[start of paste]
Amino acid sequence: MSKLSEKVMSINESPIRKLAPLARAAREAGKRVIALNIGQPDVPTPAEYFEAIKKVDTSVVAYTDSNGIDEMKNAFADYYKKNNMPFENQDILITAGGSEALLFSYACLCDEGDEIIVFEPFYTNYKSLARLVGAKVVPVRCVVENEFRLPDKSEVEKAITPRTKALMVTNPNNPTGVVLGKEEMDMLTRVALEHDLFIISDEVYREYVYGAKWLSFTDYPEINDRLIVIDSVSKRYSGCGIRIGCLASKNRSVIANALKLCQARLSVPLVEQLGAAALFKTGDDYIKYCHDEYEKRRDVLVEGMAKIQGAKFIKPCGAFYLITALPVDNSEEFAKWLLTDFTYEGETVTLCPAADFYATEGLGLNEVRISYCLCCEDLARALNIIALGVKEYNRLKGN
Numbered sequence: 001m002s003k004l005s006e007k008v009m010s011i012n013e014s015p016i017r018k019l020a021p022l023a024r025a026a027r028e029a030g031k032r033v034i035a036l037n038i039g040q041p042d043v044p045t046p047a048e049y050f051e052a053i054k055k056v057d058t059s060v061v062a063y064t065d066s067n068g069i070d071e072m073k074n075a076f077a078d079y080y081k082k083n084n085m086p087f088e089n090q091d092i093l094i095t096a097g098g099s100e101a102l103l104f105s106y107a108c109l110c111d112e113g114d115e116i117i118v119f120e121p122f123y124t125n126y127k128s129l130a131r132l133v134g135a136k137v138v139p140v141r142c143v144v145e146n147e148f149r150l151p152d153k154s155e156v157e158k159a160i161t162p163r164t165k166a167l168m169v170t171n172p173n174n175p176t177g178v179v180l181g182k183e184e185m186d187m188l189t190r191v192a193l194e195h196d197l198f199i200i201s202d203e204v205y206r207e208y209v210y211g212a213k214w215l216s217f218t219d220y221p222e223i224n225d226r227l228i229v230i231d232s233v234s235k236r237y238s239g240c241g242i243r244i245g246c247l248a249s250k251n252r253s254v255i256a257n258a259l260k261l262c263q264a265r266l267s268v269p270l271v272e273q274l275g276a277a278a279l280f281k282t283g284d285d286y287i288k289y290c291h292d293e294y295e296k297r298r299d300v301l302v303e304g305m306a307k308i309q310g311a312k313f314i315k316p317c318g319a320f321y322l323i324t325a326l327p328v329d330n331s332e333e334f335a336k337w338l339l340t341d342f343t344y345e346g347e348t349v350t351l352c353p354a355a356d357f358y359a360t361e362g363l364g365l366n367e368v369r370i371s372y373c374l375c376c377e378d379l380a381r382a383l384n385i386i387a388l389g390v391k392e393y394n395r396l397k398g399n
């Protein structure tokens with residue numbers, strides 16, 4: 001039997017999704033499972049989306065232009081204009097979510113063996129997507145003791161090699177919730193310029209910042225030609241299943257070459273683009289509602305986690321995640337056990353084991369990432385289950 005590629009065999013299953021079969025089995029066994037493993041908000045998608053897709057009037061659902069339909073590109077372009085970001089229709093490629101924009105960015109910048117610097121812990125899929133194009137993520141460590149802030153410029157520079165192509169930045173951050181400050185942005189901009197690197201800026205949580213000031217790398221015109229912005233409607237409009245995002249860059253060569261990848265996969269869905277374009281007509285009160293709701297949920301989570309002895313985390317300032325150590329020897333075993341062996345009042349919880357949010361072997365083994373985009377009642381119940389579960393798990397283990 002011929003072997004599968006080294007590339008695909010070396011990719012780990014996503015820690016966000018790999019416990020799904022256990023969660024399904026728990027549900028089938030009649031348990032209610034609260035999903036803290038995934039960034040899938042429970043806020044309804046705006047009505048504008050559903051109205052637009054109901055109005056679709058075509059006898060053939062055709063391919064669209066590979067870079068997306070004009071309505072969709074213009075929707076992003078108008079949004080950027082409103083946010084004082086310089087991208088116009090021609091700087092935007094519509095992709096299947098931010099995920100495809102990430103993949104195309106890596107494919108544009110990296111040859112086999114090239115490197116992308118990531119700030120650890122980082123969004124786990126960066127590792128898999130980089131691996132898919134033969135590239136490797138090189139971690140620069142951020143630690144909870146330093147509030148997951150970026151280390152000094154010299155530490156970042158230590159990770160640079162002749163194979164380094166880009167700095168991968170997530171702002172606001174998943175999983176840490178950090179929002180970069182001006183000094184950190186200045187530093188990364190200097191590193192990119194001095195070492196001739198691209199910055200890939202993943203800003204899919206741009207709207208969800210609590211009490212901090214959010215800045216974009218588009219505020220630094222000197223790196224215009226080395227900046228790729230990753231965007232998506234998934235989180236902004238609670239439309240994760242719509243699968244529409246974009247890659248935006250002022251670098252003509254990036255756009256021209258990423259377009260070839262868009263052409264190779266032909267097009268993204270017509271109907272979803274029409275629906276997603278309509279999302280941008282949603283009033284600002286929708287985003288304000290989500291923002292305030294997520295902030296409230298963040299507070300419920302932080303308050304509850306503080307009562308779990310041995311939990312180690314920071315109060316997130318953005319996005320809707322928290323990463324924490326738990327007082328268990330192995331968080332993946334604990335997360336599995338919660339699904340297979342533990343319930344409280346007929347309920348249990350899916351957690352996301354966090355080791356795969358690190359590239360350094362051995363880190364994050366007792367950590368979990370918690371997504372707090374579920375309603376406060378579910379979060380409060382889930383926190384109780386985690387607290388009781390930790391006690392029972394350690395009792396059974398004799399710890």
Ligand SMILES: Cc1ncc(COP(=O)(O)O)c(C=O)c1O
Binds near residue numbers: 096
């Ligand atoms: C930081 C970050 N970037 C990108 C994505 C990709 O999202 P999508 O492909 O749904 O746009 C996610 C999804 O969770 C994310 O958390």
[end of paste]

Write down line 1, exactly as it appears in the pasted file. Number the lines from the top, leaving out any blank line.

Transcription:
Amino acid sequence: MSKLSEKVMSINESPIRKLAPLARAAREAGKRVIALNIGQPDVPTPAEYFEAIKKVDTSVVAYTDSNGIDEMKNAFADYYKKNNMPFENQDILITAGGSEALLFSYACLCDEGDEIIVFEPFYTNYKSLARLVGAKVVPVRCVVENEFRLPDKSEVEKAITPRTKALMVTNPNNPTGVVLGKEEMDMLTRVALEHDLFIISDEVYREYVYGAKWLSFTDYPEINDRLIVIDSVSKRYSGCGIRIGCLASKNRSVIANALKLCQARLSVPLVEQLGAAALFKTGDDYIKYCHDEYEKRRDVLVEGMAKIQGAKFIKPCGAFYLITALPVDNSEEFAKWLLTDFTYEGETVTLCPAADFYATEGLGLNEVRISYCLCCEDLARALNIIALGVKEYNRLKGN